One Formula 1 team was “massively over” the budget cap in 2021 – Wolff

2022 Singapore Grand Prix

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One Formula 1 team was “massively over” the budget cap when it was introduced last year, according to Mercedes team principal Toto Wolff.

Two F1 teams are potentially in violation of the regulations which imposed a $145 million limit, with some exceptions, on their spending last year. Red Bull is believed to be one of them, but their team principal Christian Horner insisted today their spending did not exceed the cap.

Wolff said it was “funny that Christian says that because it’s been weeks and months they’re being investigated, so maybe he doesn’t speak to his CFO [chief financial officer]. As a matter of fact all of us have been investigated, diligently.”

He believes one team has significantly over-spent. “As far as we understand there’s a team in minor breach, which is more procedural, and another than another team that is fundamentally and massively over and that is that is being still looked at,” he told Sky. “So that’s an open secret in the paddock.”

The FIA is assessing teams’ compliance with the spending limit during 2021. However Wolff pointed out any advantage gained that year could have carried over into subsequent seasons, as Red Bull would have developed their current car last year.

“There’s a governance in place that is very solid that the FIA have set up and this is you’re going to be issued a certificate of compliance and then if you’re not compliant, it goes goes to the cost cap adjudication panel with independent judges and they can then choose from these penalties, the appropriate ones.

“But the crucial part is that if you’ve been over in ’21, then you’ve been over in ’22, that means you have an advantage into ’23.”

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He referred to rumours Red Bull, whose RB18 is already the class of the field, have had sufficient resources to develop a lighter version of their car. “If it’s true that they’ve homologated a lightweight chassis this year, they may use it the next year. So it’s a really a cascade of events that can be influential in all of the three championships.”

A team that exceeds the spending limit by less than 5% is considering to have committed a “minor” breach under the rules. Wolff said the FIA must consider the scale of advantage a team may have gained by exceeding the cost cap and impose a penalty which is enough of a deterrent to prevent teams repeatedly over-spending by that amount.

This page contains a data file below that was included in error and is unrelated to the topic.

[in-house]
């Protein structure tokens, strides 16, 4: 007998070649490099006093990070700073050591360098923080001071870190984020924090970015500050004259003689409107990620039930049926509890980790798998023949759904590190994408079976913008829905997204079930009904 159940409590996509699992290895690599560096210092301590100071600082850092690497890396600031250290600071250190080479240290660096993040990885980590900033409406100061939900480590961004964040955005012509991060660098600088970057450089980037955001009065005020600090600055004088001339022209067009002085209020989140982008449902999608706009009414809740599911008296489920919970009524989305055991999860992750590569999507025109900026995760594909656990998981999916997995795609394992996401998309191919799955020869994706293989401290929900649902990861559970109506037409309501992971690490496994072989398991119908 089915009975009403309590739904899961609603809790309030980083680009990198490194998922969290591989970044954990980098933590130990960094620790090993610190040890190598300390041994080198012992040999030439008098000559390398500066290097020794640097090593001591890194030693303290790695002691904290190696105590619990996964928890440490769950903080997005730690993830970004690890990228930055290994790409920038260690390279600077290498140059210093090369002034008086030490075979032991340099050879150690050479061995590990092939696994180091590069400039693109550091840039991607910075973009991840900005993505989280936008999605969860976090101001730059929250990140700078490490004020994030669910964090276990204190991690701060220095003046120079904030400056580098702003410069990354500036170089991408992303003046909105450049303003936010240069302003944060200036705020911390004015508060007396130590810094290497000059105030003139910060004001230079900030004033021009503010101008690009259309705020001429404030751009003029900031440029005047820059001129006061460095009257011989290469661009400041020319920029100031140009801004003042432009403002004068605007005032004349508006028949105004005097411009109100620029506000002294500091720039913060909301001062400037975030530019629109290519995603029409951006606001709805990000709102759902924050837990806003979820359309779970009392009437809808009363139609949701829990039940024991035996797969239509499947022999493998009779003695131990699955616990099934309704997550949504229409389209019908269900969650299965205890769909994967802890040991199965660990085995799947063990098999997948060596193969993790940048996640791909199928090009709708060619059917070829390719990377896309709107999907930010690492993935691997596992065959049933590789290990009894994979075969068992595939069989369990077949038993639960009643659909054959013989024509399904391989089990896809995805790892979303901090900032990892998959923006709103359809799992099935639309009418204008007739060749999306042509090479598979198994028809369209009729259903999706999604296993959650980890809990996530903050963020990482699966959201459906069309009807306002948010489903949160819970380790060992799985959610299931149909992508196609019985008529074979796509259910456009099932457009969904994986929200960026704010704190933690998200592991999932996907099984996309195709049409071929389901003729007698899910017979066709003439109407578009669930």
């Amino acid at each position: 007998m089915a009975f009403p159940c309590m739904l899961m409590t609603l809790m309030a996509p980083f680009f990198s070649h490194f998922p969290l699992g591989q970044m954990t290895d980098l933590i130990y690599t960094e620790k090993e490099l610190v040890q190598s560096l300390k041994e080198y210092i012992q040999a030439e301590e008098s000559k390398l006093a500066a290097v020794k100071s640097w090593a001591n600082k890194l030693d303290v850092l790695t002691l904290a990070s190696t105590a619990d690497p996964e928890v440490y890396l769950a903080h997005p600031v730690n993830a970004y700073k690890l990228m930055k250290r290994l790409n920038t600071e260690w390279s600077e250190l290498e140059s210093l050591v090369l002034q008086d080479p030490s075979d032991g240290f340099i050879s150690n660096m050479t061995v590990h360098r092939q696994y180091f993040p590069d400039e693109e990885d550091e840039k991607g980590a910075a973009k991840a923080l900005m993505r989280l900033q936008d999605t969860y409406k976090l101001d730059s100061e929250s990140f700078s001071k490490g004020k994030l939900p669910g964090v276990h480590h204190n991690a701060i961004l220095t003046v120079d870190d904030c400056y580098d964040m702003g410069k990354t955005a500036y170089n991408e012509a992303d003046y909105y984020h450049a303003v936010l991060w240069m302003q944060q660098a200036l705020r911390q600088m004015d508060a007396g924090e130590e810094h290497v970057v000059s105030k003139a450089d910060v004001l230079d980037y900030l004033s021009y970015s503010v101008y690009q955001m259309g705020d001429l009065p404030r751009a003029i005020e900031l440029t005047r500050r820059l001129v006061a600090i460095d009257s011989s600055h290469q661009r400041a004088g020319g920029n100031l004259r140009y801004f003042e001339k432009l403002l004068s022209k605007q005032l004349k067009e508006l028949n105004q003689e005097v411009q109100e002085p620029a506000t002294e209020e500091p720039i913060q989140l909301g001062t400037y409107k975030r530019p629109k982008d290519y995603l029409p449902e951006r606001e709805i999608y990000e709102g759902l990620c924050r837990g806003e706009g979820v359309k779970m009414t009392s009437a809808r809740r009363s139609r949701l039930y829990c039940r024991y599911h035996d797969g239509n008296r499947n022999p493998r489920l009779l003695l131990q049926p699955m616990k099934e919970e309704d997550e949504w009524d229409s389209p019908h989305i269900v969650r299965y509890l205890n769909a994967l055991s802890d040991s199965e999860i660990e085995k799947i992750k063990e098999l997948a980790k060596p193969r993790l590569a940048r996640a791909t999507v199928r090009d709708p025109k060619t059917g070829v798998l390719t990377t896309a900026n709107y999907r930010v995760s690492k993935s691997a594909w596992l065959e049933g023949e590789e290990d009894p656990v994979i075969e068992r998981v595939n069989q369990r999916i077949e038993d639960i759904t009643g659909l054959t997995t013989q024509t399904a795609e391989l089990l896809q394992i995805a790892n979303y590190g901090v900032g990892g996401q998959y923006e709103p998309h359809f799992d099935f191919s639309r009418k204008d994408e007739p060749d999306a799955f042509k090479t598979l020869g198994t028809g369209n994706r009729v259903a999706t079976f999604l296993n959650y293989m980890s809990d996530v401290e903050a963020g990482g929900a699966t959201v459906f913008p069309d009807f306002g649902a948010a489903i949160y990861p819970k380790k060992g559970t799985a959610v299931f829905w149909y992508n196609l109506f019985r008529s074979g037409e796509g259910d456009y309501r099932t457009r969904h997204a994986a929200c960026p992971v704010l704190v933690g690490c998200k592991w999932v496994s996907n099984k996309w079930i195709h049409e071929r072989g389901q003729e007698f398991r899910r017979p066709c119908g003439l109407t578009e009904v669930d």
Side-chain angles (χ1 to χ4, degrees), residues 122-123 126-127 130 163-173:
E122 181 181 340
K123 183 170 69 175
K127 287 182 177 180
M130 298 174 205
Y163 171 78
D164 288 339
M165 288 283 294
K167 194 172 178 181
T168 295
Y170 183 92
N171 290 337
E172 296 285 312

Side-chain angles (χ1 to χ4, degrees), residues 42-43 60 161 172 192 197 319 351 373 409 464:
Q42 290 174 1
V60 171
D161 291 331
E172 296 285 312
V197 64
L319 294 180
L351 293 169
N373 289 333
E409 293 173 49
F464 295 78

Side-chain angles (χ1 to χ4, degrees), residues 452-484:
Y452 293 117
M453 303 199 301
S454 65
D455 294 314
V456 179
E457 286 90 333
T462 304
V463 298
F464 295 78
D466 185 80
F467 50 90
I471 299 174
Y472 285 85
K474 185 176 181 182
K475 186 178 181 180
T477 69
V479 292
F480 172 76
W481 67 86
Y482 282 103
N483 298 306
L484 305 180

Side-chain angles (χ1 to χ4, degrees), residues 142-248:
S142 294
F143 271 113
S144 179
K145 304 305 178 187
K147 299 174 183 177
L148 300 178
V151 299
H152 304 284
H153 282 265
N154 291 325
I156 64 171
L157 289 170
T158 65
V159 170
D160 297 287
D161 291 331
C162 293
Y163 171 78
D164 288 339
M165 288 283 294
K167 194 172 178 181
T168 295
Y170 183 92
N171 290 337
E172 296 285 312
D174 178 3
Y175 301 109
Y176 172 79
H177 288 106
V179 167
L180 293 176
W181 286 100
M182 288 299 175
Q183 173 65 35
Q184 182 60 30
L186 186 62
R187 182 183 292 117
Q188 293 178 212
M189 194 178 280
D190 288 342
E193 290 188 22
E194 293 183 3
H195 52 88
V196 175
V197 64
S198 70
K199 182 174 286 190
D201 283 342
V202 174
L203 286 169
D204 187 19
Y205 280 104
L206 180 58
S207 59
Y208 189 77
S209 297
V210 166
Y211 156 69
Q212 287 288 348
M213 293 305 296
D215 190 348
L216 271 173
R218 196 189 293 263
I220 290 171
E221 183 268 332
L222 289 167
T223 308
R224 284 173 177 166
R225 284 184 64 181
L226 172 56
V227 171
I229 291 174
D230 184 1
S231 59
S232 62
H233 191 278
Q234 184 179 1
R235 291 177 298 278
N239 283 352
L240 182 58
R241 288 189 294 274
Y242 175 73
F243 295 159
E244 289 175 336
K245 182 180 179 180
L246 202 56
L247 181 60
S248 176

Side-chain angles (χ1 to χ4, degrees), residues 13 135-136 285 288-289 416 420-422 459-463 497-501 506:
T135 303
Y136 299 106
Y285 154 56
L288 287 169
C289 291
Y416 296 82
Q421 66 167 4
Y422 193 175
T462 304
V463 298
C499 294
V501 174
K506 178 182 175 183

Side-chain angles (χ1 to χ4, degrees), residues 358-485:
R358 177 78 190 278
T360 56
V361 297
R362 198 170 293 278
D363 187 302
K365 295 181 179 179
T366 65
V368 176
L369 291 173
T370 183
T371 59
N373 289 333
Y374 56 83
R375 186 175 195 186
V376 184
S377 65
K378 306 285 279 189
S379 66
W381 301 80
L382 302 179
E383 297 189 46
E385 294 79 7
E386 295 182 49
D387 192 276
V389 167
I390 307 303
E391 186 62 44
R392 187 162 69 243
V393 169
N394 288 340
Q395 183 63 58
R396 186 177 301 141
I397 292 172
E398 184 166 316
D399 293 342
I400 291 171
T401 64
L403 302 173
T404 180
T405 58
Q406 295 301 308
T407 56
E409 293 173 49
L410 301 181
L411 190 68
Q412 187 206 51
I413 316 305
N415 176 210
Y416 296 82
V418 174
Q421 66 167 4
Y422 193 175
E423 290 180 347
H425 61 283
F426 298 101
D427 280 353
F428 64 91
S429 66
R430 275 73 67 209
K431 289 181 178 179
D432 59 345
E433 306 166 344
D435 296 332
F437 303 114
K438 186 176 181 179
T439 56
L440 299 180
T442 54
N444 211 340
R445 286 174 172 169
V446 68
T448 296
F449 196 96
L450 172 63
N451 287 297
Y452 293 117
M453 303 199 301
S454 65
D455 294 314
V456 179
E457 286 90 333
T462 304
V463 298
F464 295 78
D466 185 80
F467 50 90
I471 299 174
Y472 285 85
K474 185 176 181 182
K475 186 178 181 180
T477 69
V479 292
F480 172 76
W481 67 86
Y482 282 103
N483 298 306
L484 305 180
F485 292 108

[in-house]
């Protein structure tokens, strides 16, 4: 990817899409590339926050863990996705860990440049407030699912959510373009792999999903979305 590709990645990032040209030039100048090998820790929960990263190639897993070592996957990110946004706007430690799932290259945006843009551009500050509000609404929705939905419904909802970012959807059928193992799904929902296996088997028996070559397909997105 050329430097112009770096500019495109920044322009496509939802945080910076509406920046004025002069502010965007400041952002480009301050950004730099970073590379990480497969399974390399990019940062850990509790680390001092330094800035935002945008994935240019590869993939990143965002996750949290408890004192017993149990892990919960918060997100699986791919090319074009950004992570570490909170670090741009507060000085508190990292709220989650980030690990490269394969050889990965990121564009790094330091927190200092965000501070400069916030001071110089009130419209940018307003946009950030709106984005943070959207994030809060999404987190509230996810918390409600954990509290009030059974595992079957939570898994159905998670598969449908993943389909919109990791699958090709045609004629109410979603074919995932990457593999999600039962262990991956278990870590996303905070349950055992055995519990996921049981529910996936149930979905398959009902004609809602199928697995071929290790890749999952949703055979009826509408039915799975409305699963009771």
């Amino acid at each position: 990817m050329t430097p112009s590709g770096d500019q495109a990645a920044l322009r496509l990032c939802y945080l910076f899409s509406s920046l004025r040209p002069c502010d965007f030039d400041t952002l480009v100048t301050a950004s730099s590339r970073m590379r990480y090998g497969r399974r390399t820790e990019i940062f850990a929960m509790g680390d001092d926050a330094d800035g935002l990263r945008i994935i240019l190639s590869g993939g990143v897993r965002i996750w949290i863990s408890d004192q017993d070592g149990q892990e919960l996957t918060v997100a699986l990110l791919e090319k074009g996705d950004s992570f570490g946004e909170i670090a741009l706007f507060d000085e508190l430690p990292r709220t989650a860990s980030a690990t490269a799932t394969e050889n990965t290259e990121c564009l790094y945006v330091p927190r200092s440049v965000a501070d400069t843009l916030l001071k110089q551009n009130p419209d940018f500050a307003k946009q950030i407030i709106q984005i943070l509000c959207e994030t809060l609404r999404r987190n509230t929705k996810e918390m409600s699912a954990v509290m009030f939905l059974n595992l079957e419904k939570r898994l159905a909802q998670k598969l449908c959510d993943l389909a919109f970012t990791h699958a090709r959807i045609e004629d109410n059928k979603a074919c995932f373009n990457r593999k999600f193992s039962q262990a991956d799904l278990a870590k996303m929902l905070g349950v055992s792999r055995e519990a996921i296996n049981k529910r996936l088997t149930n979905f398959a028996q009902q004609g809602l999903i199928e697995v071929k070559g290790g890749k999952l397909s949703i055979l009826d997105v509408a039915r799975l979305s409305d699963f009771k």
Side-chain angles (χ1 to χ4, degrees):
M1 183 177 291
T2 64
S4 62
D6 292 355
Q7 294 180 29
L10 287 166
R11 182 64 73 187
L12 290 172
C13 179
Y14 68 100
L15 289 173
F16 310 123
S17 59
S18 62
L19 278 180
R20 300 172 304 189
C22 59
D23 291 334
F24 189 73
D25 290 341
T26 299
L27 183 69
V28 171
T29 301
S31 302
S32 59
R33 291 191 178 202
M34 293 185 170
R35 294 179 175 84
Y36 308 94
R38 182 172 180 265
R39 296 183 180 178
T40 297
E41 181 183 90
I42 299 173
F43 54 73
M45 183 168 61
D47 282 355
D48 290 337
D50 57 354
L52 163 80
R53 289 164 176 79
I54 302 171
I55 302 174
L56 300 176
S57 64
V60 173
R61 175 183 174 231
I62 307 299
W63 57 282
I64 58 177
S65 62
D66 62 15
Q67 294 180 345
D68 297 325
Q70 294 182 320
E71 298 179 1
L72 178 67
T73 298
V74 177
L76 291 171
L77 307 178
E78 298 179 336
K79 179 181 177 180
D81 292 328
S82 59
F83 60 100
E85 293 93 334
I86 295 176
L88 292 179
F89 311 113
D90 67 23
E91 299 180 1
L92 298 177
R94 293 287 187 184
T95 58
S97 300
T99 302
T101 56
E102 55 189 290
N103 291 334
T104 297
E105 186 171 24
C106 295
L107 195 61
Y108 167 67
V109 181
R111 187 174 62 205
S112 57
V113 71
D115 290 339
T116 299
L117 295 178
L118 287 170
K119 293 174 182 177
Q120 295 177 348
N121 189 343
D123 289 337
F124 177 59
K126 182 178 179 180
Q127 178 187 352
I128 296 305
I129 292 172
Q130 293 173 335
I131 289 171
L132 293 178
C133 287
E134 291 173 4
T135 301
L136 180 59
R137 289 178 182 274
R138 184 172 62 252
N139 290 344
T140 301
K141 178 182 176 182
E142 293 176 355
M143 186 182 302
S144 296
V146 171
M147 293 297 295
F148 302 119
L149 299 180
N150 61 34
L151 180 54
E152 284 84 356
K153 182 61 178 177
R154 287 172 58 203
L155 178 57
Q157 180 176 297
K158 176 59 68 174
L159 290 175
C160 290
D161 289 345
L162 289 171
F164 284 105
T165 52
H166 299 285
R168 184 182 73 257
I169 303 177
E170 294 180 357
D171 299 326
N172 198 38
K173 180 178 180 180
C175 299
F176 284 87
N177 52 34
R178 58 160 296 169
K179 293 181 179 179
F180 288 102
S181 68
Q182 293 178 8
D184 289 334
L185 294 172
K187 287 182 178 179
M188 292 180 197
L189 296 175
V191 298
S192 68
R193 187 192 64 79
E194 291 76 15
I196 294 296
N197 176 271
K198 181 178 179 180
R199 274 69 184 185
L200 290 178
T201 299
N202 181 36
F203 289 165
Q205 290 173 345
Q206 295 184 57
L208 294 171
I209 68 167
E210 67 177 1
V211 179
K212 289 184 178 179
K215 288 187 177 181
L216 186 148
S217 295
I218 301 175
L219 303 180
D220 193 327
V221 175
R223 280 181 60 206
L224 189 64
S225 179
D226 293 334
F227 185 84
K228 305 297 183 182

“I think it would be important to have a certain degree of transparency [about] where the alleged breaches have happened or the alleged misinterpretations in order for us to assess. Because you need to imagine even if it’s the so-called minor breach that can be below 5%, you can spend 7 million more than everybody else and that means if this is a light penalty, we will be all pushing that 5% more going forward.”

Red Bull driver Max Verstappen won the world championship by eight points from Mercedes’ Lewis Hamilton last year. Confiscation of points is among the wide range of possible penalties with could be imposed on a team which overspent, including fines.

Wolff said “it’s not up to me to judge, that’s not realistic, for me to judge what the penalties could be. The judges have all that scope to analyse, but I wouldn’t want to be in that position because of the impact it had over three years.”

Horner accused other teams of stirring up speculation over the budget cap. “There’s an awful lot of rumours and gossip, we know where most of that permeates from,” he said.

“[The FIA] haven’t issued certificates of compliance to anybody yet. There’s a lot of conjecture about Red Bull but that could well be about four or five teams in the pit lane.”

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Keith Collantine
Lifelong motor sport fan Keith set up RaceFans in 2005 - when it was originally called F1 Fanatic. Having previously worked as a motoring...

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84 comments on “One Formula 1 team was “massively over” the budget cap in 2021 – Wolff”

  1. Probaly Mwercedes as they were producing updates after updates in 2021.

    1. You drink your lunch today? Merc produced very few updates last year compared to red bull.

    2. After the Spain update Mercedes went A LOT of races without bringing any update.